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March Madness From A Student’s Perspective

Being a college student with a double major and a minor when I think of march madness I think of the insane amount of work I have to get done during the month of March.

I start off the second semester at the end of January and usually spend the first couple of weeks getting adjusted to the new class schedule and workload but then, bam! March hits and everyone has way more work than they can handle, is way more exhausted than they should be and is drinking way more caffeine than they probably I thought humanly possible.

And not to mention spring break is in the middle of March, which, on its face sounds fun, and don’t get me wrong, I love spring break. However, because it falls right in the middle of the semester there is no way to avoid all the papers and exams that fall right around it. That is, whether you take them before the break or, even worse, you have one the day you come back and therefor must spend part of your break studying and writing papers.

I am aware that this happens every year and each year that I am in school I work to improve my planning and study habits so that I can have a more enjoyable March. So here’s a little list of what I’ve learned so far.

  1. Plan ahead: If you know you have a lot of papers coming up plan your time accordingly so you have enough time to complete each of them without having to spend the night in the library the day before one is due. Or, if you are going on a spring break trip plan to get things done ahead of time so you’re not sitting on the beach reading a textbook.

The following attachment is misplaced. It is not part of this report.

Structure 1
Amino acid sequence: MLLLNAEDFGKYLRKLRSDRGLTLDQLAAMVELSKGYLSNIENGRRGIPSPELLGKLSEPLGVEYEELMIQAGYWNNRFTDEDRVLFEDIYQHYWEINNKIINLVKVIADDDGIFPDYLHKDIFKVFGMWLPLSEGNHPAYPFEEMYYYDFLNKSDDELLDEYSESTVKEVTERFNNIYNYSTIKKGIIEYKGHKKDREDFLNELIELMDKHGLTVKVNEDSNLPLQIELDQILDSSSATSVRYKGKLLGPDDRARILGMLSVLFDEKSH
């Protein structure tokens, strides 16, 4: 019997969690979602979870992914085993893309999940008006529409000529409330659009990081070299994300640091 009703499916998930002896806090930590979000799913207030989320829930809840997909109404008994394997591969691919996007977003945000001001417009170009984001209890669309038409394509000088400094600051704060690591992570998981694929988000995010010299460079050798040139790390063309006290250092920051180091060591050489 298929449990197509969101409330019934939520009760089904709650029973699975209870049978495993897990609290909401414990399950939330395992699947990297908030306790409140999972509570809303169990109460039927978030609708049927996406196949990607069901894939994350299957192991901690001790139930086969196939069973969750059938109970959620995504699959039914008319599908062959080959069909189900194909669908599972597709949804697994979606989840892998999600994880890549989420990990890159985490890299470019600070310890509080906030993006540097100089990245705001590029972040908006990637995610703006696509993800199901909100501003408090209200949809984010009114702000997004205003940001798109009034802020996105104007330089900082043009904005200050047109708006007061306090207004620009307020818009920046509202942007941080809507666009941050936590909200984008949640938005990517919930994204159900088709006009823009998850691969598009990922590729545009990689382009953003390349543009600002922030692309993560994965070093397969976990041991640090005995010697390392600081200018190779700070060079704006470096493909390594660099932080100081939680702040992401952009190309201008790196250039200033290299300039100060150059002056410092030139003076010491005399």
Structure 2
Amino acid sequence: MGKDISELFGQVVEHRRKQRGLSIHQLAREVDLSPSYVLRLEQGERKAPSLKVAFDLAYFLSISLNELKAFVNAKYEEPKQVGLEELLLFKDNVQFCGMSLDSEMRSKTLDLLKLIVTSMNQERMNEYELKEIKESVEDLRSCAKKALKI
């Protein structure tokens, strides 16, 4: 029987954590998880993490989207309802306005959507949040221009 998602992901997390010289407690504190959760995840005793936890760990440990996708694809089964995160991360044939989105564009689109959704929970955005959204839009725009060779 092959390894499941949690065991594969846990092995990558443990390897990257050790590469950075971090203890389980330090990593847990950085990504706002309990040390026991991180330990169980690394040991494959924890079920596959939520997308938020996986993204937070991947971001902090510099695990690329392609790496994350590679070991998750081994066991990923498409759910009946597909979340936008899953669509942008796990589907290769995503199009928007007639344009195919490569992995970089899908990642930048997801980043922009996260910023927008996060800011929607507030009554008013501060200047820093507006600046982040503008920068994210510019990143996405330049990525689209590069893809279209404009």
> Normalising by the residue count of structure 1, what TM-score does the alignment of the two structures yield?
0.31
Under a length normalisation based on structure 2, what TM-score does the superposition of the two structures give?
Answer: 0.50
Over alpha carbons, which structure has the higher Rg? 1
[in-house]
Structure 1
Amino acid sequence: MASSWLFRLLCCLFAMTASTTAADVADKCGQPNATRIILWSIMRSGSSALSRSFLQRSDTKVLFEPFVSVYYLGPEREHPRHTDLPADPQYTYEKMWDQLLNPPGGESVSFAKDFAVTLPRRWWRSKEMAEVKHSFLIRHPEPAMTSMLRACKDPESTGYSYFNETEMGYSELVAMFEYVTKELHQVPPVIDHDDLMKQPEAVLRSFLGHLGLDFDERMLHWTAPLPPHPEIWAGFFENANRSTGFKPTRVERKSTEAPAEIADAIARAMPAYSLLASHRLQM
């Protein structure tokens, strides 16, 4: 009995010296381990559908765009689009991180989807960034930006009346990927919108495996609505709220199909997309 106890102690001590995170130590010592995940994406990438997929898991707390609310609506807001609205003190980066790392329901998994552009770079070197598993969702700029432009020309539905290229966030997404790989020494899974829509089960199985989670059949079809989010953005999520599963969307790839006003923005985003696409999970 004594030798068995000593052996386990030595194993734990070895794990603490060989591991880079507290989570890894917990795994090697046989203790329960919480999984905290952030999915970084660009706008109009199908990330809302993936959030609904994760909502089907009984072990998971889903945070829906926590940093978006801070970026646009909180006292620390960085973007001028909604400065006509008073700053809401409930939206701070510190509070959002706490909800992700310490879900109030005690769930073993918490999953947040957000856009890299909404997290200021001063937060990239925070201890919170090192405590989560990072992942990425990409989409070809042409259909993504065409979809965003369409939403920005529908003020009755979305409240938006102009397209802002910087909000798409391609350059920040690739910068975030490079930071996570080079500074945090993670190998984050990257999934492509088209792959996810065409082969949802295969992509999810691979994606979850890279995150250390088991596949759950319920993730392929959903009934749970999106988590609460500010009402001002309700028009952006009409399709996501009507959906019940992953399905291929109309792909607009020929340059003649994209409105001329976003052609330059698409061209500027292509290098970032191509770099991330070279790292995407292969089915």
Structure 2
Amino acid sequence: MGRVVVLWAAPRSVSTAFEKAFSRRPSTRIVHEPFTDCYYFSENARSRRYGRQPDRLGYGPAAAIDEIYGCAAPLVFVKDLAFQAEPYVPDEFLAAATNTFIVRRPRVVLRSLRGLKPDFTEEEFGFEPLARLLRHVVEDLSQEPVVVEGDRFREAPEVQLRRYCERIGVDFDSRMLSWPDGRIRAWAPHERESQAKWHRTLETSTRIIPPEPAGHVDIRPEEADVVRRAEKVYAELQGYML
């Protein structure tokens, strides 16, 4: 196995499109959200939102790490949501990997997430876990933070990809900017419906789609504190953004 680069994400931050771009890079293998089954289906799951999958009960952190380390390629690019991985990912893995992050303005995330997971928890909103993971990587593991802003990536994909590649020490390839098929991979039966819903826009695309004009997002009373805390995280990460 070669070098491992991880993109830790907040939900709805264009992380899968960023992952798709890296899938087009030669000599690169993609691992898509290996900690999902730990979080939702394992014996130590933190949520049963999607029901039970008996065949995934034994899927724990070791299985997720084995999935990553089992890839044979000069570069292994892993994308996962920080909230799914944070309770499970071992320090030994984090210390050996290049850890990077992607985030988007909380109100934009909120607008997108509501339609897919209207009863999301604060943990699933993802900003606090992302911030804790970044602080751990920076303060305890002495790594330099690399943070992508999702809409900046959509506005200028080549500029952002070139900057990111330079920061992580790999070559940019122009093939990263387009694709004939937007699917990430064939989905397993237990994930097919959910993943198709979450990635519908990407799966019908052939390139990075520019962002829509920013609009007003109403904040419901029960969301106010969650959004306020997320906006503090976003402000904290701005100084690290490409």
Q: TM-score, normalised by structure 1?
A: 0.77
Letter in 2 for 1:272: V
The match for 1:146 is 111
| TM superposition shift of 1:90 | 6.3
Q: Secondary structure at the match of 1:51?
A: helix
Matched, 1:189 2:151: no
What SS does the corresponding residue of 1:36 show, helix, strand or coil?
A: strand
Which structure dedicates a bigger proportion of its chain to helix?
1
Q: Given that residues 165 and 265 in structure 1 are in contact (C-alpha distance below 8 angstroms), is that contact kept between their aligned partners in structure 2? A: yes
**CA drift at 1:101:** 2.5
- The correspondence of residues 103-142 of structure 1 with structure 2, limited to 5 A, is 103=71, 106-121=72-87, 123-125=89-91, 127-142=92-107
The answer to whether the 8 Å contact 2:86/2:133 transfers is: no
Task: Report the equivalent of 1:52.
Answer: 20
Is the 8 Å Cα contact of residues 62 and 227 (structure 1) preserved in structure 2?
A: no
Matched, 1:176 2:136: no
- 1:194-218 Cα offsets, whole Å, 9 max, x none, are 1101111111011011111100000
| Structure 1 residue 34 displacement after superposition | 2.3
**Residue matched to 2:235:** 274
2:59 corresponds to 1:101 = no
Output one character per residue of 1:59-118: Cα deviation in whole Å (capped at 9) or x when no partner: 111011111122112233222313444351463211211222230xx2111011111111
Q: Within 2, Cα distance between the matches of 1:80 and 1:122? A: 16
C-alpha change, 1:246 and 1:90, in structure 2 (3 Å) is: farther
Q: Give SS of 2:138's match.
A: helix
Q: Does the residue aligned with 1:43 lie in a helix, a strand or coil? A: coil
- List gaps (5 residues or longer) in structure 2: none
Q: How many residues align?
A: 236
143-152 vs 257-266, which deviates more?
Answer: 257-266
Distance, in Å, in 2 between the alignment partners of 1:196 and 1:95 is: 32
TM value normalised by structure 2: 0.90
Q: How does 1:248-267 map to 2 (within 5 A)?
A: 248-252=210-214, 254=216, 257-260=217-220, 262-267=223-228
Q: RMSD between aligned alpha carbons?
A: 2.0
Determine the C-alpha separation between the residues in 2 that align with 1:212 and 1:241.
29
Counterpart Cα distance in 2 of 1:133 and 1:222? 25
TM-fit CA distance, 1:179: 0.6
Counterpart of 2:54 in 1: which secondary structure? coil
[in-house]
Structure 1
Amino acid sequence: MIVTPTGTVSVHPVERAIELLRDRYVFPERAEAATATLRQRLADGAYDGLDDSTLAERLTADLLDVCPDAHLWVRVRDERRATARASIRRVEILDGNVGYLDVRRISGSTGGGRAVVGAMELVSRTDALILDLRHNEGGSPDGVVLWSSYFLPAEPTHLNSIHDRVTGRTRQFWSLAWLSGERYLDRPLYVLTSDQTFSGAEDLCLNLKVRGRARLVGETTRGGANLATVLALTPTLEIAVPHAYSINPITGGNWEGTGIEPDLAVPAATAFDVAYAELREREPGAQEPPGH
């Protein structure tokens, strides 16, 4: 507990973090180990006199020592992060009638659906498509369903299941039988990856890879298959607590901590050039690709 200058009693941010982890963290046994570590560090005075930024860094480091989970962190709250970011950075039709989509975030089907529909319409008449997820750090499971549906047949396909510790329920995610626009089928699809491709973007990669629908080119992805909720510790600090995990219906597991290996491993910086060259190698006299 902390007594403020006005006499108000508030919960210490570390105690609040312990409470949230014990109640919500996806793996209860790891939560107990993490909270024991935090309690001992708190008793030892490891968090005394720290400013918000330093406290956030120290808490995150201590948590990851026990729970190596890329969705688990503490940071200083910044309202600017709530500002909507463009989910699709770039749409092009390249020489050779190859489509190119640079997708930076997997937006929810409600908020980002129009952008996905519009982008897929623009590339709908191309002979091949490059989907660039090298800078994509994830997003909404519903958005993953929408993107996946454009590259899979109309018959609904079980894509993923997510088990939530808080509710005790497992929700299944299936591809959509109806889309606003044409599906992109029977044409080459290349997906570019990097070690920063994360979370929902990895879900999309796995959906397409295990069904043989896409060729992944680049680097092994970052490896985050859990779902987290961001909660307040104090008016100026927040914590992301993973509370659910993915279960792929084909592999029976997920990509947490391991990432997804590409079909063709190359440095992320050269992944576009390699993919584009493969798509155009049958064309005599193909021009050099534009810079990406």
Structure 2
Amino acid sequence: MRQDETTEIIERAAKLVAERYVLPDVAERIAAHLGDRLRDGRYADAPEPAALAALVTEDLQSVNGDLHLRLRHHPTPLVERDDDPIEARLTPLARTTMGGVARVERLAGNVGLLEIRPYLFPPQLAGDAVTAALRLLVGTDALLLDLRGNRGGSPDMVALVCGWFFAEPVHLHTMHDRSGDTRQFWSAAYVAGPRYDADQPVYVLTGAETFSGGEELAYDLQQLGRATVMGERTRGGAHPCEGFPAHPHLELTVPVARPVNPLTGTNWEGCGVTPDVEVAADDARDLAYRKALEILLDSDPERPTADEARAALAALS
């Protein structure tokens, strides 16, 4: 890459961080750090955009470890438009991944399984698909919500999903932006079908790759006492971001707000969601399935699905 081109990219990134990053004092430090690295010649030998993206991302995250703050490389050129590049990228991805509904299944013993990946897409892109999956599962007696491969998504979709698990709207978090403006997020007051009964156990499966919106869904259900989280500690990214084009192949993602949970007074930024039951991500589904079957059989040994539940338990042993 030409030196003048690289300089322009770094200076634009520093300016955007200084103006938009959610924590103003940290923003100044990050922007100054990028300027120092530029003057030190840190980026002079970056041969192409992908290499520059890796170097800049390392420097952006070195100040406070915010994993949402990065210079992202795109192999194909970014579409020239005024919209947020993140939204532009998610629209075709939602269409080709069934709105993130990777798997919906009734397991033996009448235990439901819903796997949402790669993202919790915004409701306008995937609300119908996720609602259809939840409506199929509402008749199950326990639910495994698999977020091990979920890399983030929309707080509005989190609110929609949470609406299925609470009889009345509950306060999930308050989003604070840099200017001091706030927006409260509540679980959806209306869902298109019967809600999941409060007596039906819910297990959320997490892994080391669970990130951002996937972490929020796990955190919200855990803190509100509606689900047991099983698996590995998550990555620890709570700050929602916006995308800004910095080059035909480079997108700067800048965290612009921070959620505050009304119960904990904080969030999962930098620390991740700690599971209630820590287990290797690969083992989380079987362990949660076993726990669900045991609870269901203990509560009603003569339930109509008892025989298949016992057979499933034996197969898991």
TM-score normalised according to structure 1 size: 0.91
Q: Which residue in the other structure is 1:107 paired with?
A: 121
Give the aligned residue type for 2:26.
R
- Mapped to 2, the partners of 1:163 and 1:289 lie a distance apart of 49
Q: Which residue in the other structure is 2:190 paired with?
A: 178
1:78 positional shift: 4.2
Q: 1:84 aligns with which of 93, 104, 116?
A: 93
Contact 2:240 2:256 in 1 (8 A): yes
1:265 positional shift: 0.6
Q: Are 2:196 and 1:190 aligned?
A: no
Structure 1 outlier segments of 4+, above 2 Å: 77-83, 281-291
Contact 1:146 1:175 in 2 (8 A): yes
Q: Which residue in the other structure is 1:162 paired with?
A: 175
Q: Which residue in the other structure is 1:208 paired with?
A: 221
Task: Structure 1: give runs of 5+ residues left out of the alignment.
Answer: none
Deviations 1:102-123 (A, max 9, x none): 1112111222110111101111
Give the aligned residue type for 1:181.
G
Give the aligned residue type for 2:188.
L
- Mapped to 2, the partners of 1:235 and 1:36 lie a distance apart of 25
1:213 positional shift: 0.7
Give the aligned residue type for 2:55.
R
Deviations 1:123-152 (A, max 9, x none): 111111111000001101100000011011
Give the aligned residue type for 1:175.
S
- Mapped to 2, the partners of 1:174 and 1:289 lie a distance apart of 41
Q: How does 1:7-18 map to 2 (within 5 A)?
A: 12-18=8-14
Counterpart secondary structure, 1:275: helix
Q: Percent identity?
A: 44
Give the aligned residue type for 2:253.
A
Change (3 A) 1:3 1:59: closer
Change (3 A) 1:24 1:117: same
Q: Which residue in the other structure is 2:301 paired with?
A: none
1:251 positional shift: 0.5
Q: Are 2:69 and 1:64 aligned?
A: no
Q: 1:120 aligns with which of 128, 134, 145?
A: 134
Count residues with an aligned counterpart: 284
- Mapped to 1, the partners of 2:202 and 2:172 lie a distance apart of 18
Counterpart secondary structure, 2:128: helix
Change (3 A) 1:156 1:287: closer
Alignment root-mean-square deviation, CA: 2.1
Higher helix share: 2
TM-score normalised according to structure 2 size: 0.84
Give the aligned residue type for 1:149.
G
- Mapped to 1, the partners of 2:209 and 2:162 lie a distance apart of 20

2. Travel time: Time spent sitting in the car or on a plane can be a great time to read or do other work because you have nothing else to do so you can get it done then so you don’t have to do it once you reach your destination.
  3. Don’t try and get it done all at once: Just trust me on this one, it won’t happen. You should spread your work out because trying to get it done all at once just isn’t realistic or any fun. It will probably take you even longer to finish because you’ll get distracted or end up procrastinating more than if you spread the work out over a couple different shorter amounts of time.
  4. Remember to take breaks: Plan you’re work around things that you like doing. It is important to take breaks in between doing work to give yourself a breather. Ultimately it will probably make your work better because it will give you time to reflect on what you just studied or wrote. Also, it gives you time to enjoy something that you love doing. It could be as big as taking a day off to hang out with your friends or as small as taking five minutes to go have a snack or watch a short video before returning to your work.

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